The Los Angeles Angels have already encountered several setbacks this season with injuries to outfielders Josh Hamilton and Kole Calhoun, but perhaps the biggest stumbling block so far has come at the shortstop position. Erick Aybar has managed to remain healthy, disregarding some pregame dental work that led to him being scratched from the lineup moments before the April 10 game against the Mariners. But his slow start at the plate has limited the Angels’ offensive production. Three weeks into the season, Aybar has stood out as the weakest link.
In this day and age, first basemen and designated hitters are left to do the heavy hitting, while speedy outfielders are expected to collect infield singles and stolen bases. This means that shortstops aren’t expected to be big contributors on offense. They are expected to bring consistency and reliability to the defense.
While Aybar continues to be a solid defensive shortstop, his offensive stats have dropped significantly. He is currently batting .225 with 16 hits and ten runs over 71 at-bats. Unlike Albert Pujols, Aybar is not offsetting his low batting average with regular home runs. In fact, Aybar has not hit a single home run this season, making him the only regular Angel starter with a goose egg in that category.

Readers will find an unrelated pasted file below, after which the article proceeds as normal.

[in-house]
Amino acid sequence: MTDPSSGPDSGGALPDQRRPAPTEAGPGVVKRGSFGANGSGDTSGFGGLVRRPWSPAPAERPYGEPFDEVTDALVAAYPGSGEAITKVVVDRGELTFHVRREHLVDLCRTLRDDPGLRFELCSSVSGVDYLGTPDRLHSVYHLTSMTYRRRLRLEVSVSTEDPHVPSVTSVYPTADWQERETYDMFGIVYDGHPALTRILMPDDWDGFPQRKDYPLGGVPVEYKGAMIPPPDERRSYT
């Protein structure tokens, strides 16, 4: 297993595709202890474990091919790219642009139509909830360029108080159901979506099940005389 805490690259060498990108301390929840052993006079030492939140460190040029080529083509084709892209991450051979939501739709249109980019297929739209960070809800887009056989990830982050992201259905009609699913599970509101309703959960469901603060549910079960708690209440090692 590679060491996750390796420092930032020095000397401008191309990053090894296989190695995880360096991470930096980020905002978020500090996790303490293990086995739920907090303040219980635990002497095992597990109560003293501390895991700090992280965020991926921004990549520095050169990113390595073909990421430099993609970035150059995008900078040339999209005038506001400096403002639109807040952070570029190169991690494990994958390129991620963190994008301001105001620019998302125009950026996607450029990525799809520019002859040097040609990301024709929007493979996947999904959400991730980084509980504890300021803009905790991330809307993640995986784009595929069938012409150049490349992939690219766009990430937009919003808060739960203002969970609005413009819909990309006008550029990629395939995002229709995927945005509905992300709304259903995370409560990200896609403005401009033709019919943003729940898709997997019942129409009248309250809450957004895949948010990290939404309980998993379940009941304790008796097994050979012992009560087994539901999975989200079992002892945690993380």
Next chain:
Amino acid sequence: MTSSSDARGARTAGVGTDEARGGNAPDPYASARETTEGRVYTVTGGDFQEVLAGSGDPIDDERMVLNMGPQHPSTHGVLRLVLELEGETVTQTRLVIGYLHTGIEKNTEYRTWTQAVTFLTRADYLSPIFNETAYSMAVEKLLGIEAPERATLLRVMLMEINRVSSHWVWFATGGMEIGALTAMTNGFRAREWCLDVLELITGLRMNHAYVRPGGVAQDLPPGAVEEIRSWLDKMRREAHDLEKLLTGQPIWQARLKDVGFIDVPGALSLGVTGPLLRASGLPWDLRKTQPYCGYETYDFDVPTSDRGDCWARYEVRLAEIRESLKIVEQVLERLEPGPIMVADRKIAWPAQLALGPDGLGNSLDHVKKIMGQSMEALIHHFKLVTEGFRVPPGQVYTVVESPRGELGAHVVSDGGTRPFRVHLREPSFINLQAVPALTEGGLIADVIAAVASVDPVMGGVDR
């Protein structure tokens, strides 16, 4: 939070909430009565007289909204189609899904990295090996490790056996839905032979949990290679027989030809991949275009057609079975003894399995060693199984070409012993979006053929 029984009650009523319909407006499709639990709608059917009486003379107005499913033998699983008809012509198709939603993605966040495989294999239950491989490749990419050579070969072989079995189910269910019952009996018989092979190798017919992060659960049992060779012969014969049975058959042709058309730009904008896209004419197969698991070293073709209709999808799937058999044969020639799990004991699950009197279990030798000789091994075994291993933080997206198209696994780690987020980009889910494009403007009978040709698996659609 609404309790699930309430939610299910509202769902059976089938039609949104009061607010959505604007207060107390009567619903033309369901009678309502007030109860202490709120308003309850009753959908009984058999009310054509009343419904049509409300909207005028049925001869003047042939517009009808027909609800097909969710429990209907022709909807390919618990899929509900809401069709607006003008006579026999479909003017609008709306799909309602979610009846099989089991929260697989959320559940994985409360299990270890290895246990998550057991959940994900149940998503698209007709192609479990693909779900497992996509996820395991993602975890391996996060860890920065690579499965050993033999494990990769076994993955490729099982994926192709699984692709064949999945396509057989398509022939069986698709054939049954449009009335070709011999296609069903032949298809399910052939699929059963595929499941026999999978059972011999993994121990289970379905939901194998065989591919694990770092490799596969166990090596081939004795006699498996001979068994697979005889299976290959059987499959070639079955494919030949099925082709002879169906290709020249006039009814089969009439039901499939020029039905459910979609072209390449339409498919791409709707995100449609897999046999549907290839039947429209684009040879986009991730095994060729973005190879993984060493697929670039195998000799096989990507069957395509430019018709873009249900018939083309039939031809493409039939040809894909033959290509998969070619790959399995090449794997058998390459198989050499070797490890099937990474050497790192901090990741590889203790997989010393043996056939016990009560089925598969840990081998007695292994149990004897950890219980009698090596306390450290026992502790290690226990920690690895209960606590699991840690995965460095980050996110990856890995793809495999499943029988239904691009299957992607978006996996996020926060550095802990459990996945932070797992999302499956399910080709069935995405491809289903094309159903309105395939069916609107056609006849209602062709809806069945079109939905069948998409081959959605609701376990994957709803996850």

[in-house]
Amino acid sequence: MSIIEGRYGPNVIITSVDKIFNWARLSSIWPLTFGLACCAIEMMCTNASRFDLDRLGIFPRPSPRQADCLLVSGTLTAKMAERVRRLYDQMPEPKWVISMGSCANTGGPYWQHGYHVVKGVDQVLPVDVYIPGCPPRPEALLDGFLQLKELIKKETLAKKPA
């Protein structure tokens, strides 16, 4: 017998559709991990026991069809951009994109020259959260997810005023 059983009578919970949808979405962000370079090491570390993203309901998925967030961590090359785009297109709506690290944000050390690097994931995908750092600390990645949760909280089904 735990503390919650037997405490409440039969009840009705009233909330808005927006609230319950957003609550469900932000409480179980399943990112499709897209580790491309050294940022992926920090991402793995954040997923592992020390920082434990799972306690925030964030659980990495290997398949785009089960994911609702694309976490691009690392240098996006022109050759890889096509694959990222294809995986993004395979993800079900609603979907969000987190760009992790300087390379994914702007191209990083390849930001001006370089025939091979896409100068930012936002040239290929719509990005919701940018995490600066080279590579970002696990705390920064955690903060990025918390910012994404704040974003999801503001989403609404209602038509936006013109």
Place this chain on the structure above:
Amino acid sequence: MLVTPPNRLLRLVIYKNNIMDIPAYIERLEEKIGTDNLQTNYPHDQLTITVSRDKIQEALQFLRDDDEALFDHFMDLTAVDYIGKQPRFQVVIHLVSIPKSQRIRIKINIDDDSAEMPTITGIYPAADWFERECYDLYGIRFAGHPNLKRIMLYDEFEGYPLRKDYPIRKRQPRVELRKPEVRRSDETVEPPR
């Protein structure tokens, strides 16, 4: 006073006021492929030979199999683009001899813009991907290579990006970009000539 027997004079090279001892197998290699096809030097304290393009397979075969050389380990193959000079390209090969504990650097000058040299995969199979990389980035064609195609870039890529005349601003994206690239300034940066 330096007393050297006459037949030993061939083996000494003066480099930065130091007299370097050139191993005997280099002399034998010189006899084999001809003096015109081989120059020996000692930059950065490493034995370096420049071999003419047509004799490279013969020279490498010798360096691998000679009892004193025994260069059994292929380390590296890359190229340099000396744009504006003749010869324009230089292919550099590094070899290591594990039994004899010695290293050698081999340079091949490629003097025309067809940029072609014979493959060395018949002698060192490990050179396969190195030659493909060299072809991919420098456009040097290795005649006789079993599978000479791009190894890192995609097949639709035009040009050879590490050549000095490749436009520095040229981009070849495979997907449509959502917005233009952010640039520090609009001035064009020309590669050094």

Aybar finished last season with a .271 average, and before Opening Day, he was expected to repeat that performance this year. However, up until Monday, he was sitting at a dismal .175. Fortunately for the slumping shortstop, he went 3-for-4 that day against the Nationals to lift his average above .200.
So what can the Angels do to solve the Aybar issue? To be frank, they may not have many options.
Last season, when Aybar suffered injuries, manager Mike Scioscia typically brought in Andrew Romine, a competent utility infielder with a few years of major league experience. However, the Angels traded Romine on March 21 to the Detroit Tigers for Jose Alvarez, a relief pitcher. Ian Stewart and John McDonald could take over temporarily but neither is listed as a true shortstop. At the moment, it appears as though they will be used when the defensively challenged David Freese is moved to the DH spot for a game. Neither Stewart nor McDonald has been known for his batting, so replacing Aybar doesn’t seem to be the appropriate solution.
That being said, the best option for the Angels is to wait. In his nine seasons as an Angel, Aybar has been fairly consistent both on the field and at the plate. In 2011, he won a Gold Glove for his defensive efforts and he has regularly ranked high in the American League in doubles, triples and stolen bases.
When considering Aybar’s resume and his strong performance against the Nationals on Monday, there is no reason why the Angels should not believe that he could end his slump and increase his production on offense. His numbers might be a concern now, but time and a fair opportunity should solve the setback at shortstop.